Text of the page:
Psychology and D&D (Part 1 – The Peak/End Rule)

I am not a psychologist, but I play one on the Internet.

However, I am something of a polymath.  I’ve been interested in many aspects of science ever since I was in school.  In particular, I enjoy learning about how humans think, especially since I find I tend to think differently than most other people (for good or bad).  So, I tend to read lots of pop psychology books like Fooled By Randomness, Blink, and You Are Not So Smart.

My latest read is The Paradox of Choice, by Barry Schwartz.  The main thesis is that we live in an era of massive amounts of options, but that these options have not made us more happy about the choices that we do make.  I think this has applications for RPG gaming, and this is a summary of some of my thoughts on the ideas in this book and their application to RPG games.

The Peak-End Rule

The Peak-End Rule describes the fact that how we remember a past experience is determined not by the sum of the experience, but by the mean of how we felt when the experience was at its peak and how we felt when it ended (for good or ill).

One example involves colonoscopies.  One group of men was given a normal colonoscopy, which is quite uncomfortable, whereas the experimental group was given a colonoscopy with a difference:  at the end of the procedure, the instrument was left in place for 20 seconds.  While the experimental group had the same amount of discomfort as the control group during the procedure, the introduction of a period at the end that was not unpleasant improved how those men felt about the experience later.  In fact, the experimental group was more likely to comply with follow up colonoscopies.

Although I haven’t read any reason why we think like this, we probably evolved this way.  After all, this could very well be why sex feels best right at the end.  This could explain why women have more babies after their first despite the pain and discomfort of the pregnancy and delivery:  the final act of being born means the mother gets to hold the baby in her arms, and at that point she’s doomed.  🙂

This is why symphonies end their performances with a crescendo. This is why great stories end with a climax.

This is why the Canucks Stanley Cup run in 1994 is remembered more fondly by myself than the Cup run this spring.  <sobs>  However, this is also why Canucks fans always remember Bure and Adams scoring in overtime in 1994 and why we’ll always love Game 7 against those blasted Hawks this spring <YEAH!>.  This is why, despite winning 13 gold medals up to the last day of the 2010 Winter Olympics, those Games wouldn’t be as fondly remembered by Canadians if we had lost the gold medal in men’s hockey to the Americans.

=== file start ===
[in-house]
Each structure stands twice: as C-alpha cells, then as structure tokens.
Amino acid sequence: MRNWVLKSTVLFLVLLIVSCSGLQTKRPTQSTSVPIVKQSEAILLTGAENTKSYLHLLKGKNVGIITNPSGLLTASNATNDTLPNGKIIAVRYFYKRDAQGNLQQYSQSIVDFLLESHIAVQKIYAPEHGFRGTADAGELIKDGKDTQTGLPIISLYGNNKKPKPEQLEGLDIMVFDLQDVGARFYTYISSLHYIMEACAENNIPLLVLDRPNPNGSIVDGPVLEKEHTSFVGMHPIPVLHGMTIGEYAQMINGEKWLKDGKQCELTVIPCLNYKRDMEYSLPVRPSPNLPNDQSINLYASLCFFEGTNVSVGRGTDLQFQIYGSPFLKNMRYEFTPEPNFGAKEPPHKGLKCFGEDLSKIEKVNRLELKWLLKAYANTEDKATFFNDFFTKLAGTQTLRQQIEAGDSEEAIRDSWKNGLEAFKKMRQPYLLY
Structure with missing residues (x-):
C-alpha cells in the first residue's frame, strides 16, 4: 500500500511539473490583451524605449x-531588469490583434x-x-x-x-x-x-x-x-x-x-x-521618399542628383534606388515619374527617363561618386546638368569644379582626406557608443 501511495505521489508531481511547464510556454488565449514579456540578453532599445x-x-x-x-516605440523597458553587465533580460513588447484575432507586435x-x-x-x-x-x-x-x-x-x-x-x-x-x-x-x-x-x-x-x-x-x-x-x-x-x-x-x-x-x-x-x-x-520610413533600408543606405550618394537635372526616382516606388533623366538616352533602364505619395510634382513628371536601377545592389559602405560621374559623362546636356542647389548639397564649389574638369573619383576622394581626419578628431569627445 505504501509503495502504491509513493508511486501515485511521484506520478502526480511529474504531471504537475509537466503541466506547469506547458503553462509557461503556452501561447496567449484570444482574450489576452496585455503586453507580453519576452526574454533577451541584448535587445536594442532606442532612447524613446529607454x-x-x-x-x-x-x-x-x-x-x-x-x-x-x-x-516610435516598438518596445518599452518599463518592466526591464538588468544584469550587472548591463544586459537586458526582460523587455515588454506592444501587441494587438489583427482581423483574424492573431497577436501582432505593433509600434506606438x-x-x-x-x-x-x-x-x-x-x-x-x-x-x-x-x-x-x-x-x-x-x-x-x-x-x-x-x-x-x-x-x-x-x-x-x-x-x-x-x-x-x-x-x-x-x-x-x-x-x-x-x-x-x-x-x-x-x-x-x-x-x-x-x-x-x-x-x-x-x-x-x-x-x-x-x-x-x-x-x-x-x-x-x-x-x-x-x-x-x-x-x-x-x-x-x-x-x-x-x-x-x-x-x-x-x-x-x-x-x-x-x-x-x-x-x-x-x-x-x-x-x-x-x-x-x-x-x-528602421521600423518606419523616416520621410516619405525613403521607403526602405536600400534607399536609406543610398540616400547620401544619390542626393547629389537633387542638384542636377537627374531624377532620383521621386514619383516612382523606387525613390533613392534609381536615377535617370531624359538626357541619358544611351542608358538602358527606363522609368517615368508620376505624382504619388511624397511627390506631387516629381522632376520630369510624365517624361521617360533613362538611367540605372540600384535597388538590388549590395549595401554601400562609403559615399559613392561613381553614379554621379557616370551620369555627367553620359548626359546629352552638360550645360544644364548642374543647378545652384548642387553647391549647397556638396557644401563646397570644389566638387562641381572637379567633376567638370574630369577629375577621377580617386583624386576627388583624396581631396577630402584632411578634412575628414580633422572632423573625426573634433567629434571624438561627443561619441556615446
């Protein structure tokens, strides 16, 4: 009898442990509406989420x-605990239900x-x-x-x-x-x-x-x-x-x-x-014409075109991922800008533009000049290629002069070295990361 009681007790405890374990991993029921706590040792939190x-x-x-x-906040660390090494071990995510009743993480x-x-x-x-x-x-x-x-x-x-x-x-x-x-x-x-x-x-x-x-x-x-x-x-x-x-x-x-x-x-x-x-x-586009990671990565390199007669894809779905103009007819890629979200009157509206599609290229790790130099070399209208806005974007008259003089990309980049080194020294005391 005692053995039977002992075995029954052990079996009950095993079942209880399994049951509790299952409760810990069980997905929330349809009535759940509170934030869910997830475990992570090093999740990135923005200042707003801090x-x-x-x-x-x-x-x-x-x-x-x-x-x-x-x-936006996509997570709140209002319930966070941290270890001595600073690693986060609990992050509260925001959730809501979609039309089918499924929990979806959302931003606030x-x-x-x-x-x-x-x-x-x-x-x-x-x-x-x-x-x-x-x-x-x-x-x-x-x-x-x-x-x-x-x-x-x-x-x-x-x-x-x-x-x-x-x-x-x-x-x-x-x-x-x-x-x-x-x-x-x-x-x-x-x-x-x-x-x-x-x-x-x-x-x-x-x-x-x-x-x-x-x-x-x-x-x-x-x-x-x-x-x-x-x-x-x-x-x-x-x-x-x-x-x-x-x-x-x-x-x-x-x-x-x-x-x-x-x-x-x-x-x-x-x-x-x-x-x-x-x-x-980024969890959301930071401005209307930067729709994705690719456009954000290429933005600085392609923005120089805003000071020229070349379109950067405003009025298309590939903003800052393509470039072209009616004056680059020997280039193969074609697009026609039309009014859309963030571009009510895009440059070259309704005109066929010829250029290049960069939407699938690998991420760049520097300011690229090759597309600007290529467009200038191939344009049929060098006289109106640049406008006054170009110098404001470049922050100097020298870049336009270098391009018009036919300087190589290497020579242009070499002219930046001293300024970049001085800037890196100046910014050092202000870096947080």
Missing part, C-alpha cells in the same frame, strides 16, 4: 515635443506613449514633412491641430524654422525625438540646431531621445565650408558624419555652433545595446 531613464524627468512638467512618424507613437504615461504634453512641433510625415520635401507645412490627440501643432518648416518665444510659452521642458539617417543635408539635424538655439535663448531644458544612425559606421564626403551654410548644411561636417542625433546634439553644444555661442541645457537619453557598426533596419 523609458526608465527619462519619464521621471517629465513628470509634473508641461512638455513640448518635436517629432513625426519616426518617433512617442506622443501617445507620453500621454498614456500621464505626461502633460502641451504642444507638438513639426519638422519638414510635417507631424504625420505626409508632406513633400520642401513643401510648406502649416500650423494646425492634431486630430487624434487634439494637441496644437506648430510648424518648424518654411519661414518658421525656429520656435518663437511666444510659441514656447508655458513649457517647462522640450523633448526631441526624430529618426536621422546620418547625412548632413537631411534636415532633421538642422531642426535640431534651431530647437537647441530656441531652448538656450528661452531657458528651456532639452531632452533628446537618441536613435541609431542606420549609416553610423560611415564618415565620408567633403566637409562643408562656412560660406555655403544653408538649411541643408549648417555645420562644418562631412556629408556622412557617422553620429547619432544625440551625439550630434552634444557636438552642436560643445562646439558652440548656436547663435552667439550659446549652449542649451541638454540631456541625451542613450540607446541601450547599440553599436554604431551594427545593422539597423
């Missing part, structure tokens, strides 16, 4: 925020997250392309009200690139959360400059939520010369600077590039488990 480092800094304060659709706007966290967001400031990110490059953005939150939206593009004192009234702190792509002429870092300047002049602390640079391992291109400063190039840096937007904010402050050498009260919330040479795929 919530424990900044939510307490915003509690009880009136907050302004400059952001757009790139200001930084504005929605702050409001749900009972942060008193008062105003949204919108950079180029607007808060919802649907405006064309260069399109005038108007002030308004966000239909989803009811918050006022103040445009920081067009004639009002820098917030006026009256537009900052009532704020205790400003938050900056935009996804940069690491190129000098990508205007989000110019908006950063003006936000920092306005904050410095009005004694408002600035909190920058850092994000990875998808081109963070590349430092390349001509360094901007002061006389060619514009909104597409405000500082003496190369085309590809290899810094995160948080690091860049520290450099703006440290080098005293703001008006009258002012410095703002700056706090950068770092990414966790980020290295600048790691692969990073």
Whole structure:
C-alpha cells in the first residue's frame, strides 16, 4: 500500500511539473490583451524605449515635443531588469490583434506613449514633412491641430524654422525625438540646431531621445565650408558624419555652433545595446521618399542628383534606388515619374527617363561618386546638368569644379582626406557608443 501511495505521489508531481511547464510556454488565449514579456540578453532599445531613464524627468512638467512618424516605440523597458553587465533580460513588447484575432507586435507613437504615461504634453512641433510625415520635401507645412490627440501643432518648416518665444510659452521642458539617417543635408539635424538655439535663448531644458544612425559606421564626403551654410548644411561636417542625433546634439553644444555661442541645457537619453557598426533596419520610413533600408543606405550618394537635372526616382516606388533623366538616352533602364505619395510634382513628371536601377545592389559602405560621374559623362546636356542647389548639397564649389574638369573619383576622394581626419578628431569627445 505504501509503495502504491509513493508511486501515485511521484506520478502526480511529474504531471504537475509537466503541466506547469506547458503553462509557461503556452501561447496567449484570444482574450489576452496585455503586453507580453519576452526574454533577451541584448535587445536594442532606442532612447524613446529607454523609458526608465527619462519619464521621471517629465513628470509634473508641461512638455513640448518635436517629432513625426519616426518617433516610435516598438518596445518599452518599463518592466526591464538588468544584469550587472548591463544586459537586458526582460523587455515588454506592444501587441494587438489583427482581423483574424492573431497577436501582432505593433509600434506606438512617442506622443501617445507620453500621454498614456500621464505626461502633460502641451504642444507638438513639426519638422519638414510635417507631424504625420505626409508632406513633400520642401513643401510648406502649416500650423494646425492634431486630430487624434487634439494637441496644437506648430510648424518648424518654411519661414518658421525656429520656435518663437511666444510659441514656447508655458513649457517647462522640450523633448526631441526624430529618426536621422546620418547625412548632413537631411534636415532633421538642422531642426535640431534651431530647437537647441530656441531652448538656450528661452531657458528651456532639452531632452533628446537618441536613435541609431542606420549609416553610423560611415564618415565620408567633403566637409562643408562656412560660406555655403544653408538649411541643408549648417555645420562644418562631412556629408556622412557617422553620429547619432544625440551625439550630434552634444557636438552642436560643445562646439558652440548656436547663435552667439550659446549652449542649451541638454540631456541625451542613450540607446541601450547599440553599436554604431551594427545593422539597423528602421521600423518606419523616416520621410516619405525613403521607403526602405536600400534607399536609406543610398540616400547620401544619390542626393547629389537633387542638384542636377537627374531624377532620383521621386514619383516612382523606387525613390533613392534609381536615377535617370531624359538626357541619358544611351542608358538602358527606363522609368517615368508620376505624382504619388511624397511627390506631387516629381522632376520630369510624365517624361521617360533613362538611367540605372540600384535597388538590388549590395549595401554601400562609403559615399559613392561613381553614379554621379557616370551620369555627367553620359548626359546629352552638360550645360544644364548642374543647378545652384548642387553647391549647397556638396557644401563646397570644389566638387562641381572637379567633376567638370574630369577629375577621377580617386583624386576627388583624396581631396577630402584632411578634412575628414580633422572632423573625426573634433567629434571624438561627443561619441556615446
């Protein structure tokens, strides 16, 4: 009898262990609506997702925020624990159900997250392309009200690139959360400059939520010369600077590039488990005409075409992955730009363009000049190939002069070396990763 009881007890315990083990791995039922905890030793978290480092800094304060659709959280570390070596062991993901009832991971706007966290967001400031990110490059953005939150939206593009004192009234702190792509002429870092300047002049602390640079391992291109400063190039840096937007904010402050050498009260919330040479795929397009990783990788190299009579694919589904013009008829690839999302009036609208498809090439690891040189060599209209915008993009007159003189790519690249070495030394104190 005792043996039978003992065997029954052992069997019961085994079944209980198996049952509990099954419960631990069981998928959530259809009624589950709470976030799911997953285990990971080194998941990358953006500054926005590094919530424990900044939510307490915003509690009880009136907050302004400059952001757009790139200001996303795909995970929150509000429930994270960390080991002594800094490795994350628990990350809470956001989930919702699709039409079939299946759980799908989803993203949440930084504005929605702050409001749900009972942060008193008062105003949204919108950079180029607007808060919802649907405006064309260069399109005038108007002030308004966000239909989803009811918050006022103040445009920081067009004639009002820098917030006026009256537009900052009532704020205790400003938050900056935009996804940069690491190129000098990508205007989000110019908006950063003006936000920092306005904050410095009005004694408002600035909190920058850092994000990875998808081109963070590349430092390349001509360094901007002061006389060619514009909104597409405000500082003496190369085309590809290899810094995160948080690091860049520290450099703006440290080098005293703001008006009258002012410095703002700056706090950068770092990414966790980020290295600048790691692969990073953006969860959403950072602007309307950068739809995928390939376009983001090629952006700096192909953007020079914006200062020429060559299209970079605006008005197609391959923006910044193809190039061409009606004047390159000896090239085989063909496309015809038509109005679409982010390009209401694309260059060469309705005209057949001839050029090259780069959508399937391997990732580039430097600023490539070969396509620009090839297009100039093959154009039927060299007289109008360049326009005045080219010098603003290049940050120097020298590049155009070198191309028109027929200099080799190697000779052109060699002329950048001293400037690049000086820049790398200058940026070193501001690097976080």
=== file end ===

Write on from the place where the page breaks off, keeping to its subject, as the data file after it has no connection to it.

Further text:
Ahem.

This is why Chris Perkins gets such great mileage out of ending his D&D sessions on a cliffhanger.

This also is one of the reasons that it bothers me that 4e combat takes so long to resolve, even for ‘minor’ fights.  I’ve found that many of my D&D sessions have been unsatisfactory.  Because our group only can play for 3 to 3.5 hours per session (including the obligatory chit chat at the beginning), I’ve often found that we’re getting into combat with around 45 minutes left in the session.

This situation resolves in three ways:  we either stop the session early,  we record the battlemap at 10:30 and continue the battle at the beginning of the next session, or I remove monsters from the combat.

The first choice is bothersome since we don’t get a lot of time to begin. The second choice tends to be problematic with getting back into the groove at the beginning of the next session and often the players forget what powers they’ve used.  The last choice actually has happened twice with climactic encounters:  first the end of Chapter 1 in the Tomb of Horrors, and the second the climax of The Slaying Stone.  With the Tomb of Horrors, the PCs never actually got to defeat the main bad guy (this is also when I decided that I didn’t like the ‘you win, how do you mop up’ solution to ending fights).  With the Slaying Stone, the combat wasn’t nearly as interesting as it left out one group of monsters.  In both situations I wasn’t very happy with the way the session ended and thus have negatively impacted how I felt about the adventures as a whole (even though they are objectively great adventures).